“One of the reasons I live in Austin instead of NYC or LA is that it’s much easier to say no to things,” he said. “It’s a calmer pace of life; it makes me more reflective and forces me to work more. Out of that bubble of trying to impress all of these people that you don’t really care about.”
Another obvious reason is that the cost of living in Austin is much more manageable than other major cities, which helps Holiday focus on what’s truly important in his work.
“I think as a creative person and living in a place where there’s an incredibly high cost of living, it forces you on this treadmill that forces you to say yes to projects that you really don’t want to do, or working harder than you need to work just to make ends meet,” he said. “That’s not good for your art.
Now more aware of the things that have brought him true happiness, Holiday shared advice for anyone looking to pursue some level of success:
“I remember telling myself that I wanted to be a millionaire by the time I was 25. It wasn’t some burning ambition of mine, but I remember thinking about it. I remember 25 coming and going and not being there. I wasn’t super far from it or impoverished, but I wasn’t there. I remember thinking, ‘Why did I have that goal to begin with?’ I didn’t want a million dollars to pay for cancer treatment for my mom or want it so I could so some important thing. I wanted a million dollars because I arbitrarily decided that’s an impressive number. That’s a bad way to live your life.”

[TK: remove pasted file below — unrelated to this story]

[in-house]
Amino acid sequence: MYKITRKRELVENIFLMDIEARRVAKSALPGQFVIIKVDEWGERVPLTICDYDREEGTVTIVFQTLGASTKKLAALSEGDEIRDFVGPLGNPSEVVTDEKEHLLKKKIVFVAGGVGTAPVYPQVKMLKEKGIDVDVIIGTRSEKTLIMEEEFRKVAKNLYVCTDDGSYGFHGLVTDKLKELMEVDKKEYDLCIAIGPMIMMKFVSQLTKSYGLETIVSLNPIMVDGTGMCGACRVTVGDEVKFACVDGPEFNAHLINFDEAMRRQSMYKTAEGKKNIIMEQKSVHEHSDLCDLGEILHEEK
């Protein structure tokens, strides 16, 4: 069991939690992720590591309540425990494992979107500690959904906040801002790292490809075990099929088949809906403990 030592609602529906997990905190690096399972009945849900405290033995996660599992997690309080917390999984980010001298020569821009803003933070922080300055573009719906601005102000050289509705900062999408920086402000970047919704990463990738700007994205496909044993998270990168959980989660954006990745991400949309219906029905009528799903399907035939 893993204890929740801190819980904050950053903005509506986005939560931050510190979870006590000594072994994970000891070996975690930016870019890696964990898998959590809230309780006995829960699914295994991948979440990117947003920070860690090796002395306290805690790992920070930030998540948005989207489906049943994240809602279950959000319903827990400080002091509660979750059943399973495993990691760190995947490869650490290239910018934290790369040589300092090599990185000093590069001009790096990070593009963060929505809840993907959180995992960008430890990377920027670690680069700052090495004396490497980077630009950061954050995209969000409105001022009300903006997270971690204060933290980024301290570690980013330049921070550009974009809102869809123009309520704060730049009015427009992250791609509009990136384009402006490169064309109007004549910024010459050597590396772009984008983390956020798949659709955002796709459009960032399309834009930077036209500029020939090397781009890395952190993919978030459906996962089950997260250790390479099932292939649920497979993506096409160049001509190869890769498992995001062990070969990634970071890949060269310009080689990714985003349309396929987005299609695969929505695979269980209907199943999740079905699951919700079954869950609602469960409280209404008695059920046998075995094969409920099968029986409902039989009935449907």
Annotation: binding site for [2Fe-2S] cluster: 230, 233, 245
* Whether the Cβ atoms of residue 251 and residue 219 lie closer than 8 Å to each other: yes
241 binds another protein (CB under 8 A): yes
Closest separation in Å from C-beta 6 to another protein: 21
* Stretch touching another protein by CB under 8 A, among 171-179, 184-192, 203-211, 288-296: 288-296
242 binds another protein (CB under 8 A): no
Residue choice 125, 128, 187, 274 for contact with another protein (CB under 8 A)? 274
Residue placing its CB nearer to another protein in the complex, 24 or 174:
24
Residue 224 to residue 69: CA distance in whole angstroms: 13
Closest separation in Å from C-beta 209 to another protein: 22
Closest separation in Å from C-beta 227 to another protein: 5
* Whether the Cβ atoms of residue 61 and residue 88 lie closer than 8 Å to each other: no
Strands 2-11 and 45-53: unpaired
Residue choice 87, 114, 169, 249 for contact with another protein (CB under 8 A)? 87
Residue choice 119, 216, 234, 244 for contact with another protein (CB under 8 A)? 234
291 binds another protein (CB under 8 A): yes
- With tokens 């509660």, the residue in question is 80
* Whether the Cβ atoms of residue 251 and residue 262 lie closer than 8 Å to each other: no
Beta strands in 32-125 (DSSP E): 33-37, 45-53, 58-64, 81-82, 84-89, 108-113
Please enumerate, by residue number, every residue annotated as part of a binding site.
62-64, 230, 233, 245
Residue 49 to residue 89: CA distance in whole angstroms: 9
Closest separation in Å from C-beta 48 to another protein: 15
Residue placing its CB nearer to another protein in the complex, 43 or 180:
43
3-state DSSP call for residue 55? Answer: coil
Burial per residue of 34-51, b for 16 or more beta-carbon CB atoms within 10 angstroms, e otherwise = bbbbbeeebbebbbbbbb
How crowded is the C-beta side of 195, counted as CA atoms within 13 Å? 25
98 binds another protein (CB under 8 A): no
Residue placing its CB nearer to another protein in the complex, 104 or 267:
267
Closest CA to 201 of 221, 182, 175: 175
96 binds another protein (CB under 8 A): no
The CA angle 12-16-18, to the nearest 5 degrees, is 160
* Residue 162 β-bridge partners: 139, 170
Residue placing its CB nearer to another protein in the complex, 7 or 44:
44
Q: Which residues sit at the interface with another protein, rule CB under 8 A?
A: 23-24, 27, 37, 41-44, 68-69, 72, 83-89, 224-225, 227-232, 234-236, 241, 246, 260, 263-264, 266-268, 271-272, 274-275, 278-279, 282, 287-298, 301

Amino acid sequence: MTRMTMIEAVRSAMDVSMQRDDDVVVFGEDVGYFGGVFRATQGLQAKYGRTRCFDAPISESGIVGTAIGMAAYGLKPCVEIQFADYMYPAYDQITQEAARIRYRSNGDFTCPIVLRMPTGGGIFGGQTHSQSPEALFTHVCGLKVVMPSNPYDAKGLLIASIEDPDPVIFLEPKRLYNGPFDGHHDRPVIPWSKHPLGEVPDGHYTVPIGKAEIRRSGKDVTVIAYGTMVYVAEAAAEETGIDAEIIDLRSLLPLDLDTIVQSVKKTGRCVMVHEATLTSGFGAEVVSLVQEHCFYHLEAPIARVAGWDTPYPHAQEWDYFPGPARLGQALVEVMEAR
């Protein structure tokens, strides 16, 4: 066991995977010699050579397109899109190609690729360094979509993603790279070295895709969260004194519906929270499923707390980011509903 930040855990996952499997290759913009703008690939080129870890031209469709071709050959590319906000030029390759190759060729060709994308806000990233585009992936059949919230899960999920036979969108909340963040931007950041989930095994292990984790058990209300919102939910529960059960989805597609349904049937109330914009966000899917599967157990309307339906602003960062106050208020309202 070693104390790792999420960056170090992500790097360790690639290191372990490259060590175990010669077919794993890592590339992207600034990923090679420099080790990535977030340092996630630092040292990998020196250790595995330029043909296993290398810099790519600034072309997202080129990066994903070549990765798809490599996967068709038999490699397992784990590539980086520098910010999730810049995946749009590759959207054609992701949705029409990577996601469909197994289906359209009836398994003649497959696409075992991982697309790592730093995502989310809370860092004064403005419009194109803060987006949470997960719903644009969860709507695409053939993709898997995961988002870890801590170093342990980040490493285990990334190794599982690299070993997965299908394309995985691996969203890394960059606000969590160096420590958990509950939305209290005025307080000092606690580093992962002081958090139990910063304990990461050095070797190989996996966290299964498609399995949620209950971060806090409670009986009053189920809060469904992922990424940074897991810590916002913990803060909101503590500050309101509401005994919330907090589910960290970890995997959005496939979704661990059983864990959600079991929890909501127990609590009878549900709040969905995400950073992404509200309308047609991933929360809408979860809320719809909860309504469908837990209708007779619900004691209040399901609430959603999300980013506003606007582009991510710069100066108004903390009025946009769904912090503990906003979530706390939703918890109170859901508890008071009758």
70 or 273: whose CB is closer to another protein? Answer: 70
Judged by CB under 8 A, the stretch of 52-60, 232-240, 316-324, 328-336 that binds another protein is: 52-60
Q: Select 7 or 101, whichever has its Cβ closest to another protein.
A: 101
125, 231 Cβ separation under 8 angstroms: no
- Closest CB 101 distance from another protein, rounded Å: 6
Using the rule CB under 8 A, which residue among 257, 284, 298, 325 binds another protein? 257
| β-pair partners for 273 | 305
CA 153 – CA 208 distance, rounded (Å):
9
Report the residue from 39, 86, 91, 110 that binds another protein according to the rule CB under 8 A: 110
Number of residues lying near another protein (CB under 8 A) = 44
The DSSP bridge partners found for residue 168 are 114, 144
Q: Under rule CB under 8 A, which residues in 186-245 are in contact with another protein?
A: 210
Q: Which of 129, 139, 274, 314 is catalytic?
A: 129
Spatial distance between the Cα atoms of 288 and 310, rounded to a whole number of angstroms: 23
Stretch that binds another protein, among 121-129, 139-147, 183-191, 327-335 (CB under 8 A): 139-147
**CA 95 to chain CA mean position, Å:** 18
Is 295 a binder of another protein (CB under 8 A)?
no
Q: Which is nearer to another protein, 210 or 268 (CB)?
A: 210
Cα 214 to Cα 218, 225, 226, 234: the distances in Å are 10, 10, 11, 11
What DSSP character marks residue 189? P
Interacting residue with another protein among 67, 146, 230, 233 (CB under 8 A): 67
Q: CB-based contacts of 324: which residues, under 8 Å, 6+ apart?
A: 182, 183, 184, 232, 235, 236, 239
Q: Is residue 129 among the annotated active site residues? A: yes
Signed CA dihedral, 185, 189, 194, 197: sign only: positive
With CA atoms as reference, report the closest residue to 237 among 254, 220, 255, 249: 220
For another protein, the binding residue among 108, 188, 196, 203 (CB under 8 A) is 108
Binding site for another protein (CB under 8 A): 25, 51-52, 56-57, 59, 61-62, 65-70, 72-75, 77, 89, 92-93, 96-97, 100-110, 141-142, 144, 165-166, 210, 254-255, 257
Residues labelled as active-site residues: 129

“There’s that line in ‘Fight Club’: ‘We buy things we don’t need to impress people we don’t even like.’ I feel like it’s so easy to get on that treadmill and the more you can find out what you actually like and what your dream life is, it’s much better. People don’t want a million dollars. They want what they think a million dollars will get them. There’s often other ways to get there other than having the cash.”